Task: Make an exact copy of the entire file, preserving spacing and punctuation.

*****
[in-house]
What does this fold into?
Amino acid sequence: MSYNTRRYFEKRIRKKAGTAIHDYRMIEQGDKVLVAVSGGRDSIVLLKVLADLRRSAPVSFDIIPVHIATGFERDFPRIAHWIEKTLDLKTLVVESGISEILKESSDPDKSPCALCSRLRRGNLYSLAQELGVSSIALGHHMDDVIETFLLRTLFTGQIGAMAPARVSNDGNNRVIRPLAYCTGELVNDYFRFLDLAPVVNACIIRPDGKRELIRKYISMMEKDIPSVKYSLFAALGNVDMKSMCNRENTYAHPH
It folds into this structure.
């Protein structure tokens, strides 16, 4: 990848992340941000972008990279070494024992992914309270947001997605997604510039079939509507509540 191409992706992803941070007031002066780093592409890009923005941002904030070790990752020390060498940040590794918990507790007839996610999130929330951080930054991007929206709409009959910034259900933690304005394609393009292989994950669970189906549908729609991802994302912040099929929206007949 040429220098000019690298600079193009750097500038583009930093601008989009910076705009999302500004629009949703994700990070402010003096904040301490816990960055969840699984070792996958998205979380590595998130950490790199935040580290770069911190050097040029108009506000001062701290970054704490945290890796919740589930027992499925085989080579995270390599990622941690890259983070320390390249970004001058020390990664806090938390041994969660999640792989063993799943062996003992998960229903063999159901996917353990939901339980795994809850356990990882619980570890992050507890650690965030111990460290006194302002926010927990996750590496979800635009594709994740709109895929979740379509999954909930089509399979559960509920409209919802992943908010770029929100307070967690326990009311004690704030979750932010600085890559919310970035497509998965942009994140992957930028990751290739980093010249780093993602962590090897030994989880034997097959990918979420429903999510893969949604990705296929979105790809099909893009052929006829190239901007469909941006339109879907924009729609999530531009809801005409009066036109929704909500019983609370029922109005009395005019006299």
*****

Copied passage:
[in-house]
What does this fold into?
Amino acid sequence: MSYNTRRYFEKRIRKKAGTAIHDYRMIEQGDKVLVAVSGGRDSIVLLKVLADLRRSAPVSFDIIPVHIATGFERDFPRIAHWIEKTLDLKTLVVESGISEILKESSDPDKSPCALCSRLRRGNLYSLAQELGVSSIALGHHMDDVIETFLLRTLFTGQIGAMAPARVSNDGNNRVIRPLAYCTGELVNDYFRFLDLAPVVNACIIRPDGKRELIRKYISMMEKDIPSVKYSLFAALGNVDMKSMCNRENTYAHPH
It folds into this structure.
């Protein structure tokens, strides 16, 4: 990848992340941000972008990279070494024992992914309270947001997605997604510039079939509507509540 191409992706992803941070007031002066780093592409890009923005941002904030070790990752020390060498940040590794918990507790007839996610999130929330951080930054991007929206709409009959910034259900933690304005394609393009292989994950669970189906549908729609991802994302912040099929929206007949 040429220098000019690298600079193009750097500038583009930093601008989009910076705009999302500004629009949703994700990070402010003096904040301490816990960055969840699984070792996958998205979380590595998130950490790199935040580290770069911190050097040029108009506000001062701290970054704490945290890796919740589930027992499925085989080579995270390599990622941690890259983070320390390249970004001058020390990664806090938390041994969660999640792989063993799943062996003992998960229903063999159901996917353990939901339980795994809850356990990882619980570890992050507890650690965030111990460290006194302002926010927990996750590496979800635009594709994740709109895929979740379509999954909930089509399979559960509920409209919802992943908010770029929100307070967690326990009311004690704030979750932010600085890559919310970035497509998965942009994140992957930028990751290739980093010249780093993602962590090897030994989880034997097959990918979420429903999510893969949604990705296929979105790809099909893009052929006829190239901007469909941006339109879907924009729609999530531009809801005409009066036109929704909500019983609370029922109005009395005019006299």